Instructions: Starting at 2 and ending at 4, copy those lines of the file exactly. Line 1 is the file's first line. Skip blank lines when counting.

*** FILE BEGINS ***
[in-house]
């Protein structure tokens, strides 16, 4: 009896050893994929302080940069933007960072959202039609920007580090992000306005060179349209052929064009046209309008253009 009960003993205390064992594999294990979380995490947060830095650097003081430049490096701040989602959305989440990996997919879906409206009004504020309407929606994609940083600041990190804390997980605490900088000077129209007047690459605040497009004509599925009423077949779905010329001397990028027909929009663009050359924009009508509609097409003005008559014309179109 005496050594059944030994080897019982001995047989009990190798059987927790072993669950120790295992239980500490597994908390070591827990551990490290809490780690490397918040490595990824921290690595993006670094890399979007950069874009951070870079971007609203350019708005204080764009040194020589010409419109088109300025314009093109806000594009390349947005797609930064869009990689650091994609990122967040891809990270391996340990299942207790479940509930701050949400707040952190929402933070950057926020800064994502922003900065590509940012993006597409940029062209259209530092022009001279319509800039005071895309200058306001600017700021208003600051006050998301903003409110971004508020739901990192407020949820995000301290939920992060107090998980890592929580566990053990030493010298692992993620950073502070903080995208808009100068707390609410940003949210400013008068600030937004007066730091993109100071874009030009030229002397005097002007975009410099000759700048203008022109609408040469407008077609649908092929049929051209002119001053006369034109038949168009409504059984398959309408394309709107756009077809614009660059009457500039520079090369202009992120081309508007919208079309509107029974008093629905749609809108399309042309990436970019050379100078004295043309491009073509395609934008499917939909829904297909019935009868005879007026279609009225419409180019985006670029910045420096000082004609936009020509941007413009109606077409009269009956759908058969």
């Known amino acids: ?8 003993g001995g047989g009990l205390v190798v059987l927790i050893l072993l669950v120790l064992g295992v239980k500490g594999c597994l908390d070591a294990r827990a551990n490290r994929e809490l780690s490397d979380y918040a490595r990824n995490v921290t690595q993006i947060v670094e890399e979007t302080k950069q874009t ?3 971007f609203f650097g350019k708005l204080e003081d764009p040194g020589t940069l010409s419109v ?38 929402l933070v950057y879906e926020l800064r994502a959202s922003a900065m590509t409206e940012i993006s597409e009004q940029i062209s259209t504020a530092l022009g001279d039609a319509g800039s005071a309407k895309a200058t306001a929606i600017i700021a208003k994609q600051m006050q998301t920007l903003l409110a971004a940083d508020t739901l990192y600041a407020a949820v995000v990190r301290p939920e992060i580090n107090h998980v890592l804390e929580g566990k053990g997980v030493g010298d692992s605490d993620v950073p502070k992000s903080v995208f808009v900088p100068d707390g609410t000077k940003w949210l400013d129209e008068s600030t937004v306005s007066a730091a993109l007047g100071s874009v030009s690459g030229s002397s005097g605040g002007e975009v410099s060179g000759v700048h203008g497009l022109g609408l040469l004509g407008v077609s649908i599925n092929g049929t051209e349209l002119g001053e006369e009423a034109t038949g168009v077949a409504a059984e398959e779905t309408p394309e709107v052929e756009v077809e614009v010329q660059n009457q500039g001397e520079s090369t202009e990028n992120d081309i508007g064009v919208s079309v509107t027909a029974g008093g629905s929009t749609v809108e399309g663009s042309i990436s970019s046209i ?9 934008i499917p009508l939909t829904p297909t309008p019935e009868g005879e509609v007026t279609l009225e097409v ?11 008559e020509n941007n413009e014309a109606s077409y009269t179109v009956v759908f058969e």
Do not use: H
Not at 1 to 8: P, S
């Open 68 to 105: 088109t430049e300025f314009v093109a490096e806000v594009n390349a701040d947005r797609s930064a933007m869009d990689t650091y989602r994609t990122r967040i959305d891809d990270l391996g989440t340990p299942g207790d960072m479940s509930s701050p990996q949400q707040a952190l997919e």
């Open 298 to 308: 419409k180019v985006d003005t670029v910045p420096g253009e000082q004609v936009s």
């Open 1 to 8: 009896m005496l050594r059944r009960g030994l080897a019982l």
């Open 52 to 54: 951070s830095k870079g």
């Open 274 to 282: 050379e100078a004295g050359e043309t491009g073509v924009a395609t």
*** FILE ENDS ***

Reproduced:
């Protein structure tokens, strides 16, 4: 009896050893994929302080940069933007960072959202039609920007580090992000306005060179349209052929064009046209309008253009 009960003993205390064992594999294990979380995490947060830095650097003081430049490096701040989602959305989440990996997919879906409206009004504020309407929606994609940083600041990190804390997980605490900088000077129209007047690459605040497009004509599925009423077949779905010329001397990028027909929009663009050359924009009508509609097409003005008559014309179109 005496050594059944030994080897019982001995047989009990190798059987927790072993669950120790295992239980500490597994908390070591827990551990490290809490780690490397918040490595990824921290690595993006670094890399979007950069874009951070870079971007609203350019708005204080764009040194020589010409419109088109300025314009093109806000594009390349947005797609930064869009990689650091994609990122967040891809990270391996340990299942207790479940509930701050949400707040952190929402933070950057926020800064994502922003900065590509940012993006597409940029062209259209530092022009001279319509800039005071895309200058306001600017700021208003600051006050998301903003409110971004508020739901990192407020949820995000301290939920992060107090998980890592929580566990053990030493010298692992993620950073502070903080995208808009100068707390609410940003949210400013008068600030937004007066730091993109100071874009030009030229002397005097002007975009410099000759700048203008022109609408040469407008077609649908092929049929051209002119001053006369034109038949168009409504059984398959309408394309709107756009077809614009660059009457500039520079090369202009992120081309508007919208079309509107029974008093629905749609809108399309042309990436970019050379100078004295043309491009073509395609934008499917939909829904297909019935009868005879007026279609009225419409180019985006670029910045420096000082004609936009020509941007413009109606077409009269009956759908058969």
């Known amino acids: ?8 003993g001995g047989g009990l205390v190798v059987l927790i050893l072993l669950v120790l064992g295992v239980k500490g594999c597994l908390d070591a294990r827990a551990n490290r994929e809490l780690s490397d979380y918040a490595r990824n995490v921290t690595q993006i947060v670094e890399e979007t302080k950069q874009t ?3 971007f609203f650097g350019k708005l204080e003081d764009p040194g020589t940069l010409s419109v ?38 929402l933070v950057y879906e926020l800064r994502a959202s922003a900065m590509t409206e940012i993006s597409e009004q940029i062209s259209t504020a530092l022009g001279d039609a319509g800039s005071a309407k895309a200058t306001a929606i600017i700021a208003k994609q600051m006050q998301t920007l903003l409110a971004a940083d508020t739901l990192y600041a407020a949820v995000v990190r301290p939920e992060i580090n107090h998980v890592l804390e929580g566990k053990g997980v030493g010298d692992s605490d993620v950073p502070k992000s903080v995208f808009v900088p100068d707390g609410t000077k940003w949210l400013d129209e008068s600030t937004v306005s007066a730091a993109l007047g100071s874009v030009s690459g030229s002397s005097g605040g002007e975009v410099s060179g000759v700048h203008g497009l022109g609408l040469l004509g407008v077609s649908i599925n092929g049929t051209e349209l002119g001053e006369e009423a034109t038949g168009v077949a409504a059984e398959e779905t309408p394309e709107v052929e756009v077809e614009v010329q660059n009457q500039g001397e520079s090369t202009e990028n992120d081309i508007g064009v919208s079309v509107t027909a029974g008093g629905s929009t749609v809108e399309g663009s042309i990436s970019s046209i ?9 934008i499917p009508l939909t829904p297909t309008p019935e009868g005879e509609v007026t279609l009225e097409v ?11 008559e020509n941007n413009e014309a109606s077409y009269t179109v009956v759908f058969e």
Do not use: H